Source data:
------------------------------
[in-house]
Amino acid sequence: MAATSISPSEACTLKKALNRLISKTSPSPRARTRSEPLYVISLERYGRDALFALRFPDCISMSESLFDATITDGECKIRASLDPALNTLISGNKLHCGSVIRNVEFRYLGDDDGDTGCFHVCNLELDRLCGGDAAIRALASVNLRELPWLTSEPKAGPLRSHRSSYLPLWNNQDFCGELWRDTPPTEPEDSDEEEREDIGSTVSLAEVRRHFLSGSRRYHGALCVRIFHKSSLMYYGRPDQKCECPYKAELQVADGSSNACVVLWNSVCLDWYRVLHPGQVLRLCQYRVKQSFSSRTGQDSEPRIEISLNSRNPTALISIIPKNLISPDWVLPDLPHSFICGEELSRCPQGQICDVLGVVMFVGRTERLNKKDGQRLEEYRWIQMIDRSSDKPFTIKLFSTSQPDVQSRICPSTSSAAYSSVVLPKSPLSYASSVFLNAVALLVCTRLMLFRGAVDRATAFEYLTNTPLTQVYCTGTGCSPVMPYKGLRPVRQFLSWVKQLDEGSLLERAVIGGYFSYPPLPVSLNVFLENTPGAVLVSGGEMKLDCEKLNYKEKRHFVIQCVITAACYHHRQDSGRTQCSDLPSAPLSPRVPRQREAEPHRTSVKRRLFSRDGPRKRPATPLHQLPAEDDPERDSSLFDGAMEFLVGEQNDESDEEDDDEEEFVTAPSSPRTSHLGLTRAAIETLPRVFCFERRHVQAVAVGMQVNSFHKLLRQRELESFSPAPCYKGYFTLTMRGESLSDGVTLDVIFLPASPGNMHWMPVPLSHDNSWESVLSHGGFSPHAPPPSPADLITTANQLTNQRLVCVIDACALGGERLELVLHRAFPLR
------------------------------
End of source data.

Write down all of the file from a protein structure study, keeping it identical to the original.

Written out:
[in-house]
Amino acid sequence: MAATSISPSEACTLKKALNRLISKTSPSPRARTRSEPLYVISLERYGRDALFALRFPDCISMSESLFDATITDGECKIRASLDPALNTLISGNKLHCGSVIRNVEFRYLGDDDGDTGCFHVCNLELDRLCGGDAAIRALASVNLRELPWLTSEPKAGPLRSHRSSYLPLWNNQDFCGELWRDTPPTEPEDSDEEEREDIGSTVSLAEVRRHFLSGSRRYHGALCVRIFHKSSLMYYGRPDQKCECPYKAELQVADGSSNACVVLWNSVCLDWYRVLHPGQVLRLCQYRVKQSFSSRTGQDSEPRIEISLNSRNPTALISIIPKNLISPDWVLPDLPHSFICGEELSRCPQGQICDVLGVVMFVGRTERLNKKDGQRLEEYRWIQMIDRSSDKPFTIKLFSTSQPDVQSRICPSTSSAAYSSVVLPKSPLSYASSVFLNAVALLVCTRLMLFRGAVDRATAFEYLTNTPLTQVYCTGTGCSPVMPYKGLRPVRQFLSWVKQLDEGSLLERAVIGGYFSYPPLPVSLNVFLENTPGAVLVSGGEMKLDCEKLNYKEKRHFVIQCVITAACYHHRQDSGRTQCSDLPSAPLSPRVPRQREAEPHRTSVKRRLFSRDGPRKRPATPLHQLPAEDDPERDSSLFDGAMEFLVGEQNDESDEEDDDEEEFVTAPSSPRTSHLGLTRAAIETLPRVFCFERRHVQAVAVGMQVNSFHKLLRQRELESFSPAPCYKGYFTLTMRGESLSDGVTLDVIFLPASPGNMHWMPVPLSHDNSWESVLSHGGFSPHAPPPSPADLITTANQLTNQRLVCVIDACALGGERLELVLHRAFPLR